In 2014–15, a higher proportion of Indigenous Australians aged 15 years and over who were recent substance users reported they were current smokers (60%) and drank at levels exceeding the single occasion risk (45%) than Indigenous persons who had not recently used illicit substances (33% and 25% respectively). Approximately 4% of mothers with a child aged 0–3 years reported having used substances during pregnancy in 2014–15.

A 2014 study of 41 Aboriginal communities in the NT, WA and SA found 204 people were currently sniffing petrol, a decline of 29% since 2011–12 (d'Abbs & Shaw, 2013). Nearly 80% of people sniffing were male and over half were aged 15–24 years. There was a significant reduction in the prevalence of petrol sniffing in 17 communities with time-series data following the introduction of low aromatic fuel in those communities. Across the sample there were 647 people sniffing petrol in 2005–06, dropping to 98 in 2011–12 and declining to 78 by 2013–14, an 88% decrease in the number of people sniffing between baseline and the current survey. The report indicates that petrol sniffing levels have dropped in regions where there has been an uptake of low aromatic fuel and that the regions with the highest levels of sniffing are those where regular unleaded petrol is still available (d'Abbs & Shaw, 2016). Between 2007–08 and 2011–12, there was a steady decline in the number of people sniffing petrol across all age groups, and between 2011–12 and 2013–14 only among those aged 15–24 years. A very slight increase across other age groups occurred between 2011–12 and 2013–14.

For the period July 2013 to June 2015, there were 8,455 hospitalisations of Indigenous Australians related to substance use. Indigenous Australians were hospitalised for conditions related to substance use at rates 2.7 times as high as non-Indigenous Australians.

The Drugs Use Monitoring in Australia programme run by the Australian Institute of Criminology reports on drug use among police detainees at 5 police stations in metropolitan areas in SA, NSW, Qld and WA. In 2015, the proportion of detainees that tested positive for drugs was higher for Indigenous detainees than for non-Indigenous detainees in all police stations surveyed. Cannabis was the most frequently detected drug.


Table 2.17-1
Aboriginal and Torres Strait Islander peoples aged 15 years and over, substance use by remoteness and sex, 2014–15

Used substances in last 12 months
Non-remote areas Remote
Males Females Persons
Per cent
Marijuana, hashish or cannabis resin 19.6 18.4 25.3 13.8 19.2
Pain-killers or analgesics for non-medical use 14.7 2.5 9.6 14.1 12.0
Amphetamines or speed 5.9 0.7 6.4 3.2 4.8
Tranquilisers or sleeping pills for non-medical use   4.3 0.6 3.1 3.7 3.4
Kava 1.2 0.7 1.6 0.8 1.2
Other(a) 6.0 1.0 6.8 3.4 5.0
Total used substances in last 12 months 33.2 20.9 34.2 27.3 30.6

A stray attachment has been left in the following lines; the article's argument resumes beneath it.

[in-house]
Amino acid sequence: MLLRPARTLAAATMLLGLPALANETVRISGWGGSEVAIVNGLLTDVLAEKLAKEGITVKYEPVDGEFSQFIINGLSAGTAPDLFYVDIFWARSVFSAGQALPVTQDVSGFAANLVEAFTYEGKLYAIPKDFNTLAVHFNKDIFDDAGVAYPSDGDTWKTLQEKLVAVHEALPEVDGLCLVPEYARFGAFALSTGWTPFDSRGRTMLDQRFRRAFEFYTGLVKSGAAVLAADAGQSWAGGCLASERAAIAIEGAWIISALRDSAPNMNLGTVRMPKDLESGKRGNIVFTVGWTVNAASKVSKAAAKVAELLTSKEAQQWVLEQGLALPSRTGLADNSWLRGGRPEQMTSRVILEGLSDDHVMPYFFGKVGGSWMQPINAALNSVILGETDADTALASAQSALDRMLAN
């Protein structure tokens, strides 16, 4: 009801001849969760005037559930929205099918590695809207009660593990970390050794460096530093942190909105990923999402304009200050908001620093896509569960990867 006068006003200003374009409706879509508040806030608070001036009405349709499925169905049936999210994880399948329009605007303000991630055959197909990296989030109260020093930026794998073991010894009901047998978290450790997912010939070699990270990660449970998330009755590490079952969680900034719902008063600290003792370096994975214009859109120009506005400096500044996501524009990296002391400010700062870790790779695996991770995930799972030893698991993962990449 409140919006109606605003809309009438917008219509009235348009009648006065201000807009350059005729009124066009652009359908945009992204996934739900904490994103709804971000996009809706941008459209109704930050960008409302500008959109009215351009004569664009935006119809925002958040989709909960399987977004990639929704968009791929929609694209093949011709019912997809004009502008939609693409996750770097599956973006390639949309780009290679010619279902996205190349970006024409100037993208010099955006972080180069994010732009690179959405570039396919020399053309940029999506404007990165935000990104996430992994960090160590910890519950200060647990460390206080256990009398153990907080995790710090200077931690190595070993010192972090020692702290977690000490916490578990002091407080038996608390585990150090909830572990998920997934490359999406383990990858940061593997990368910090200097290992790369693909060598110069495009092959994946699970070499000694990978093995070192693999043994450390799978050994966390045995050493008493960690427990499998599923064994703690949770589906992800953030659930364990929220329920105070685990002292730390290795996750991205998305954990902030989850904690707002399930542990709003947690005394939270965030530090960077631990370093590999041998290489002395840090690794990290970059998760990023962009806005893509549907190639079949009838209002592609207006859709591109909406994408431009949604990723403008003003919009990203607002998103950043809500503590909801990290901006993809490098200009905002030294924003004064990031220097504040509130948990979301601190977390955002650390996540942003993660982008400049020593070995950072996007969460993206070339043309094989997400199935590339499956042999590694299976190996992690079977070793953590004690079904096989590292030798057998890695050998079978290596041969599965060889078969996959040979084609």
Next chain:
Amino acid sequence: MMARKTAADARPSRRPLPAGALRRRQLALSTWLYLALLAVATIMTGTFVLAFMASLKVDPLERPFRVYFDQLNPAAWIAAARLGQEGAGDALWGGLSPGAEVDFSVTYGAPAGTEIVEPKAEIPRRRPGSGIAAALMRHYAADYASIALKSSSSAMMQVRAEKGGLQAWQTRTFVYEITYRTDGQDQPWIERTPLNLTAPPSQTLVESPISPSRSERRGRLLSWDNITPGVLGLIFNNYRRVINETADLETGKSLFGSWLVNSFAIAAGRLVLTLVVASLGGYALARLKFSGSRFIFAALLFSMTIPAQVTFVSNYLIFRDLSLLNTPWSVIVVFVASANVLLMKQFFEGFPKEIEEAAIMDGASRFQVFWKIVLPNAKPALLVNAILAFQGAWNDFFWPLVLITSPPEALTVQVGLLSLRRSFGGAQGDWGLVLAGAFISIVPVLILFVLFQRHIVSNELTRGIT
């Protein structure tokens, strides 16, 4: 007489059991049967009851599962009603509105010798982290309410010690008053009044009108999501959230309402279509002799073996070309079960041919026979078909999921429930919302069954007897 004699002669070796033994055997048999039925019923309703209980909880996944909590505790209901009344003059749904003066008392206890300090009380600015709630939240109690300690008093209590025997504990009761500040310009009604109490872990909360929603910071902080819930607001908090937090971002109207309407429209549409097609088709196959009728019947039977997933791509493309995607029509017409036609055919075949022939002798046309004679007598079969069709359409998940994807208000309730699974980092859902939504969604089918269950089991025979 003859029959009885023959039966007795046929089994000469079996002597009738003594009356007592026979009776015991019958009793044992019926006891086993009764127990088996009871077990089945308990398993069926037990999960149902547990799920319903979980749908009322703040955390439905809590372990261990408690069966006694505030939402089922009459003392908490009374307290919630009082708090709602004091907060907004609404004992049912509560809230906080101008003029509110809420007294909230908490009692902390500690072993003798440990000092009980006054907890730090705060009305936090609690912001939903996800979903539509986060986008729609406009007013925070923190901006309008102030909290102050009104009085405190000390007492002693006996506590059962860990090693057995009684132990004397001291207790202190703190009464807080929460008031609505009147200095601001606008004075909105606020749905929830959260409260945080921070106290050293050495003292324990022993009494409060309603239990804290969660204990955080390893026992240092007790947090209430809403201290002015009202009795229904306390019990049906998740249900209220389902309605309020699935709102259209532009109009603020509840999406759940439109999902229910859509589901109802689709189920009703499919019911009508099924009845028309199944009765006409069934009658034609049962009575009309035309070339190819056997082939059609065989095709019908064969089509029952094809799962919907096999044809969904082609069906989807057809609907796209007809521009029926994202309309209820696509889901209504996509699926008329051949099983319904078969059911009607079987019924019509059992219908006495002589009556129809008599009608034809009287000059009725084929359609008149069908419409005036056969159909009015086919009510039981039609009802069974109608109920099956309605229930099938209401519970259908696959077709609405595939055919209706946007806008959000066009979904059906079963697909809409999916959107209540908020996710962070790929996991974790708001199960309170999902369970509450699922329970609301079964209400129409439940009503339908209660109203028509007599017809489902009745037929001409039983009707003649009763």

Has not used substances in last 12 months 66.9 79.2 65.7 72.7 69.5
Total 100 100 100 100 100
Persons who accepted form ('000) 318 86 191 213 404
Persons 15 years and over ('000) 347 97 213 231 443

Source: AIHW and ABS analysis of 2014–15 NATSISS

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In 2014–15, around 3 out of every 10 Aboriginal and Torres Strait Islander peoples aged 15 years and over had used substances in the last 12 months. Higher rates of substance use are related to a lack of housing security and low income.

The National Drug Strategy (NDS) 2010–2015 provides the framework for an integrated and coordinated approach across all levels of government that aims to reduce drug-related harm and drug use in Australia, with the next NDS 2016–2025 currently under development. The National Aboriginal and Torres Strait Islander Peoples Drug Strategy (NATSIPDS) 2014–2019 has been developed as a sub‑strategy of the NDS, and provides a guide for governments, communities, service providers and individuals to identify priority areas for action relating to the harmful use of alcohol and other drugs (AOD). The strategy builds on the national framework provided by the NDS, and has been informed by community consultation.

In 2015, all governments agreed to the National Ice Action Strategy which will see a joint national focus on tackling ice use in Australia, prioritising families and communities who are most affected. As part of the response to the National Ice Taskforce’s Final Report, $241.5 million has been allocated to Primary Health Networks to commission additional AOD treatment services. Of this, $78.6 million has been allocated specifically for AOD treatment services for Aboriginal and Torres Strait Islander people.

Other Australian Government programmes that provide funding for combatting alcohol and other substance misuse (see measure 3.11) include the Indigenous Australians’ Health Programme; the Substance Misuse Service Delivery Grants Funds; the Non-Government Organisation Treatment Programme and the Indigenous Advancement Strategy (IAS).

The IAS provides for Indigenous AOD treatment services and the continuation of the rollout of low aromatic fuel to combat the effects of petrol sniffing. In 2015, legislative changes to the Low Aromatic Fuel Act 2013 prohibited the supply and sale of regular unleaded petrol in three locations (Katherine and Tennant Creek in the NT and Palm Island in Qld) to mitigate the negative impacts of petrol sniffing and help reduce the potential harm to the health of people in those locations.

In WA, the Strong Spirits, Strong Minds campaign aims to prevent and/or delay the early uptake of alcohol and other drugs by young Aboriginal people in the Perth metropolitan area. This multi-faceted communication strategy includes mainstream mass communication channels to deliver Aboriginal specific messages. The project was developed from a strong cultural foundation with input from an Aboriginal youth advisory panel, with evaluation results indicating it is a highly effective and successful strategy.